Last week we discovered treasure in the sticks of Wisconsin. Even though there wasn't a princess in this castle, as Third Daughter hoped there would be, there were thousands upon thousands of books. And thousands upon thousands of books in a huge building next door. And in at least two more smaller buildings that I call "dollar stores" because they put their $1 books there.
This compound is called Castle Arkdale and is open by chance or appointment. The booksellers are a retired couple although it might be more appropriate to say they are book amassers rather than sellers. Sure, they sell books, but there is no sign at the bottom of the driveway and they aren't exactly in a high traffic area. They do not have a website. Clearly they are not in this for the money.
One doesn't see books like this at library sales or thrift shops; I knew I couldn't begin to absorb it all. I let myself simply be content in the presence of so many books without feeling pressured to unearth every gem. Sometimes it's nice to simply look at old books and admire their artwork without thinking about the value or eBay keywords. Not all the books here are priced for resale so I spent as much time as possible in the back of one of the buildings where most of the bargains are located and parked myself in the non-fiction section. I found two copies of William Nickerson's How I Turned $1000 Into 3 million in Real Estate In My Spare Time. I was excited because it was the first time I've found this title and, the last I heard, this book was worth three figures. It's only worth $30-40 now, however, but it's a quick seller and I've already sold them. I found an Elizabeth Goudge hardcover in one of the dollar stores, which has already sold, along with a Tex Mulane football novel, which should sell for around $40. I looked closely at the home section because I like to look for old books about houses, especially from the Arts & Crafts era, because they sell well on eBay, plus the mentality back then wasn't to supersize a house but to make a small space seem bigger. I found one such gem, published by the Museum of Modern Art in 1946.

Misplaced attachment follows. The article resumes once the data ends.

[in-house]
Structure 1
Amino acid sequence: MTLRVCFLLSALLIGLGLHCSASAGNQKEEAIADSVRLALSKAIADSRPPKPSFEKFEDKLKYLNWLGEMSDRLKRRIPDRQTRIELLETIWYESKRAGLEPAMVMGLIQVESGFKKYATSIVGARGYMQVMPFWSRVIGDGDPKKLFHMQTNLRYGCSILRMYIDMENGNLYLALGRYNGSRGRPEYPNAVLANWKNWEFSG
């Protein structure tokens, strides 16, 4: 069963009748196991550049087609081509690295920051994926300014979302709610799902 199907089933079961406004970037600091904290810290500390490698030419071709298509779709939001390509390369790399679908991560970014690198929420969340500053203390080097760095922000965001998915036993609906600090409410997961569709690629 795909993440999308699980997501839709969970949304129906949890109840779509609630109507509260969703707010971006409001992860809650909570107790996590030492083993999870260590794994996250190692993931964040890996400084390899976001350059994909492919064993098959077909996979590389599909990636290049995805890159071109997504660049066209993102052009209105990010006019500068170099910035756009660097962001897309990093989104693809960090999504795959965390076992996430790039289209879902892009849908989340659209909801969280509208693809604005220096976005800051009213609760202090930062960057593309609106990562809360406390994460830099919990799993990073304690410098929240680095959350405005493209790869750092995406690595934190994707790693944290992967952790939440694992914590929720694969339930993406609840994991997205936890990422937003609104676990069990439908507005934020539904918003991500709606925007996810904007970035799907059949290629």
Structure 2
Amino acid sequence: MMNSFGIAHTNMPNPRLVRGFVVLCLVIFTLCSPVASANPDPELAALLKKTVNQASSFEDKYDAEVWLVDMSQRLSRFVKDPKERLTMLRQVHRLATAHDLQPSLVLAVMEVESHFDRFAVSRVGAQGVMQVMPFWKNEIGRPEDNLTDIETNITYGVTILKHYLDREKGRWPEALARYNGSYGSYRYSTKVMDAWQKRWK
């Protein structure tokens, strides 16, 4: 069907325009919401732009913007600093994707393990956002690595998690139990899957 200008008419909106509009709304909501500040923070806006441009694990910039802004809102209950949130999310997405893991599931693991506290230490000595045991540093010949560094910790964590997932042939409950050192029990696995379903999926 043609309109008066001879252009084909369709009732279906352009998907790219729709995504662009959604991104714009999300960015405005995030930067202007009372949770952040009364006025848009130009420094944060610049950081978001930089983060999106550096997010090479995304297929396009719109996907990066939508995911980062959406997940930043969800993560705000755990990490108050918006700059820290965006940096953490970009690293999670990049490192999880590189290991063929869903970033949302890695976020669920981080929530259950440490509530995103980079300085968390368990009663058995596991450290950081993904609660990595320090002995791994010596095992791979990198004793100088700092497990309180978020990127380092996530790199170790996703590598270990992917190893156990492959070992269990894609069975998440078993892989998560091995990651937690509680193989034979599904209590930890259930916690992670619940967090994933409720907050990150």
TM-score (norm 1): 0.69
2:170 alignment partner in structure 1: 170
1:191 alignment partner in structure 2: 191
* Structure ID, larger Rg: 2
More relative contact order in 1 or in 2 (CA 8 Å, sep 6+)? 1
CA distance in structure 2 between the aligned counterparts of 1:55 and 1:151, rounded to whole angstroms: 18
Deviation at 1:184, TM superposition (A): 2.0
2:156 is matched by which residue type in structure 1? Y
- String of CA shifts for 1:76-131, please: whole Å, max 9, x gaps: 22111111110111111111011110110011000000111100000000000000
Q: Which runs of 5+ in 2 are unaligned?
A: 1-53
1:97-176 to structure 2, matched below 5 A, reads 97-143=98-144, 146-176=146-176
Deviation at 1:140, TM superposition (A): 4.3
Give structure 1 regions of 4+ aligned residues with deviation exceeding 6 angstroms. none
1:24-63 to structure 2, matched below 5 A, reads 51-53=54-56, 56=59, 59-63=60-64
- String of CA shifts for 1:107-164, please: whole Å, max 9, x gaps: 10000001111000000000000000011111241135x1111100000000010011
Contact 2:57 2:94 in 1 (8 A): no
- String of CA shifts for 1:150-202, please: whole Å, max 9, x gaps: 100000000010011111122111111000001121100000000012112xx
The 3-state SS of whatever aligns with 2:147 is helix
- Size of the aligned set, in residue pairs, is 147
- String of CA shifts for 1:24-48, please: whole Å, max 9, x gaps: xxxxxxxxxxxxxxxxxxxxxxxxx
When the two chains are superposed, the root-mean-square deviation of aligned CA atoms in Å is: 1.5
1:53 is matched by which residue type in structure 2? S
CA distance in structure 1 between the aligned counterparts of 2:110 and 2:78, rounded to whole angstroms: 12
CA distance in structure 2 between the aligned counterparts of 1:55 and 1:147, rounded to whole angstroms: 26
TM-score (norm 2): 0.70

The children worked as hard as we did looking for books. They searched and they searched (First Daughter is on a quest to find every Babysitter's Club book so she can sell them as a lot on eBay). Leonora, the proprietor, commended them on their efforts and she spent several minutes ringing up their books (using pencil, paper and mental math). Obviously I need to return here again, and again, without children and with a smartphone so I can look up book values on the internet as I browse the store. I envision that this will make for a nice Saturday escape during the winter months when there are no library or garage sales.